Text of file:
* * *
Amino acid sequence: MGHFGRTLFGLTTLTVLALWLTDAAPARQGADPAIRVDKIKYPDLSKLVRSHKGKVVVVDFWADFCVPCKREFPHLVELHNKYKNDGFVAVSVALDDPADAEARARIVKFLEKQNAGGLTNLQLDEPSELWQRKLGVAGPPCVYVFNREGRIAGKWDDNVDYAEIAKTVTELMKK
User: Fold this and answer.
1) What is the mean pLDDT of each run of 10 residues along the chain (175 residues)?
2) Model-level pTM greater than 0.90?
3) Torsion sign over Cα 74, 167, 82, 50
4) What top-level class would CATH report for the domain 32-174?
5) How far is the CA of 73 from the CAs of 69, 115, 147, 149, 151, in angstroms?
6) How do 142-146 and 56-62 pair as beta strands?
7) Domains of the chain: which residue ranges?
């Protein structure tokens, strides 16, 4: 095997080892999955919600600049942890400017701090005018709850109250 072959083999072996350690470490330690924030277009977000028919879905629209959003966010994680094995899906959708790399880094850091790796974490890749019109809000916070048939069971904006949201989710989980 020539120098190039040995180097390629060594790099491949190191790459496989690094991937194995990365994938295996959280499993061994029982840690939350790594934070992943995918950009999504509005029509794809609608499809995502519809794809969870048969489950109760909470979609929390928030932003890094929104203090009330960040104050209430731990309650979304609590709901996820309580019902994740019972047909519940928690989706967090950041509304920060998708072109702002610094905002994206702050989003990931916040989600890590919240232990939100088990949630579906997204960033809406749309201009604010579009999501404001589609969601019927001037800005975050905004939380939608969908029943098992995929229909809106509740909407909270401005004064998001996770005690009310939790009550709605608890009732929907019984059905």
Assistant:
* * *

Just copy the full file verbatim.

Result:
Amino acid sequence: MGHFGRTLFGLTTLTVLALWLTDAAPARQGADPAIRVDKIKYPDLSKLVRSHKGKVVVVDFWADFCVPCKREFPHLVELHNKYKNDGFVAVSVALDDPADAEARARIVKFLEKQNAGGLTNLQLDEPSELWQRKLGVAGPPCVYVFNREGRIAGKWDDNVDYAEIAKTVTELMKK
User: Fold this and answer.
1) What is the mean pLDDT of each run of 10 residues along the chain (175 residues)?
2) Model-level pTM greater than 0.90?
3) Torsion sign over Cα 74, 167, 82, 50
4) What top-level class would CATH report for the domain 32-174?
5) How far is the CA of 73 from the CAs of 69, 115, 147, 149, 151, in angstroms?
6) How do 142-146 and 56-62 pair as beta strands?
7) Domains of the chain: which residue ranges?
């Protein structure tokens, strides 16, 4: 095997080892999955919600600049942890400017701090005018709850109250 072959083999072996350690470490330690924030277009977000028919879905629209959003966010994680094995899906959708790399880094850091790796974490890749019109809000916070048939069971904006949201989710989980 020539120098190039040995180097390629060594790099491949190191790459496989690094991937194995990365994938295996959280499993061994029982840690939350790594934070992943995918950009999504509005029509794809609608499809995502519809794809969870048969489950109760909470979609929390928030932003890094929104203090009330960040104050209430731990309650979304609590709901996820309580019902994740019972047909519940928690989706967090950041509304920060998708072109702002610094905002994206702050989003990931916040989600890590919240232990939100088990949630579906997204960033809406749309201009604010579009999501404001589609969601019927001037800005975050905004939380939608969908029943098992995929229909809106509740909407909270401005004064998001996770005690009310939790009550709605608890009732929907019984059905």
Assistant: